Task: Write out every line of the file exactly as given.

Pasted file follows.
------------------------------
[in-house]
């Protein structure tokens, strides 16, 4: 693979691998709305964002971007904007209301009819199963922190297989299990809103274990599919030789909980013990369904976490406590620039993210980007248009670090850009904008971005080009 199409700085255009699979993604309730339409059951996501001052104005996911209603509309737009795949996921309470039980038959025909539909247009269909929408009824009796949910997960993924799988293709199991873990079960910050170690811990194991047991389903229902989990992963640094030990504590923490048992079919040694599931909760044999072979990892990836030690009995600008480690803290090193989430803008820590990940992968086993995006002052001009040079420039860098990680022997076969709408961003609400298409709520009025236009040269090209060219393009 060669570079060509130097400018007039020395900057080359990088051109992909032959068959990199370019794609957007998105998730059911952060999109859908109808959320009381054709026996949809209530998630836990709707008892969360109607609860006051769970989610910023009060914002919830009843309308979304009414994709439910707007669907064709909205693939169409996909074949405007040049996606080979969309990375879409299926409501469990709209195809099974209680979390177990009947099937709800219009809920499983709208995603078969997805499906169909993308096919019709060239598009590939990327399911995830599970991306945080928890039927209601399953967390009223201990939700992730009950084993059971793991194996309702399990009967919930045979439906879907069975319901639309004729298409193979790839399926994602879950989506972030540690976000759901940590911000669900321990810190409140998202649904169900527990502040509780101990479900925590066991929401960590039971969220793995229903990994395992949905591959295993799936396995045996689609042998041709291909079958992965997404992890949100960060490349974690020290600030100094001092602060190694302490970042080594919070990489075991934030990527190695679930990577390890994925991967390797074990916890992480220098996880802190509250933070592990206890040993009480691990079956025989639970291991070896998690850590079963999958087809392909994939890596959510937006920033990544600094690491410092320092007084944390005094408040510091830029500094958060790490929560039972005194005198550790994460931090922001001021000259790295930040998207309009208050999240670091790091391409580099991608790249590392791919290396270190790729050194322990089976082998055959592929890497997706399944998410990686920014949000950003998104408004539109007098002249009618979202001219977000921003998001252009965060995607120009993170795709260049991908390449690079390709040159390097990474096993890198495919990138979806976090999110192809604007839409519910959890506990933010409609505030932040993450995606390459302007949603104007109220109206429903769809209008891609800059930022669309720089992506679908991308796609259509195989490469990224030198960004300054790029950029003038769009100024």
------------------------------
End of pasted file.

[in-house]
């Protein structure tokens, strides 16, 4: 693979691998709305964002971007904007209301009819199963922190297989299990809103274990599919030789909980013990369904976490406590620039993210980007248009670090850009904008971005080009 199409700085255009699979993604309730339409059951996501001052104005996911209603509309737009795949996921309470039980038959025909539909247009269909929408009824009796949910997960993924799988293709199991873990079960910050170690811990194991047991389903229902989990992963640094030990504590923490048992079919040694599931909760044999072979990892990836030690009995600008480690803290090193989430803008820590990940992968086993995006002052001009040079420039860098990680022997076969709408961003609400298409709520009025236009040269090209060219393009 060669570079060509130097400018007039020395900057080359990088051109992909032959068959990199370019794609957007998105998730059911952060999109859908109808959320009381054709026996949809209530998630836990709707008892969360109607609860006051769970989610910023009060914002919830009843309308979304009414994709439910707007669907064709909205693939169409996909074949405007040049996606080979969309990375879409299926409501469990709209195809099974209680979390177990009947099937709800219009809920499983709208995603078969997805499906169909993308096919019709060239598009590939990327399911995830599970991306945080928890039927209601399953967390009223201990939700992730009950084993059971793991194996309702399990009967919930045979439906879907069975319901639309004729298409193979790839399926994602879950989506972030540690976000759901940590911000669900321990810190409140998202649904169900527990502040509780101990479900925590066991929401960590039971969220793995229903990994395992949905591959295993799936396995045996689609042998041709291909079958992965997404992890949100960060490349974690020290600030100094001092602060190694302490970042080594919070990489075991934030990527190695679930990577390890994925991967390797074990916890992480220098996880802190509250933070592990206890040993009480691990079956025989639970291991070896998690850590079963999958087809392909994939890596959510937006920033990544600094690491410092320092007084944390005094408040510091830029500094958060790490929560039972005194005198550790994460931090922001001021000259790295930040998207309009208050999240670091790091391409580099991608790249590392791919290396270190790729050194322990089976082998055959592929890497997706399944998410990686920014949000950003998104408004539109007098002249009618979202001219977000921003998001252009965060995607120009993170795709260049991908390449690079390709040159390097990474096993890198495919990138979806976090999110192809604007839409519910959890506990933010409609505030932040993450995606390459302007949603104007109220109206429903769809209008891609800059930022669309720089992506679908991308796609259509195989490469990224030198960004300054790029950029003038769009100024």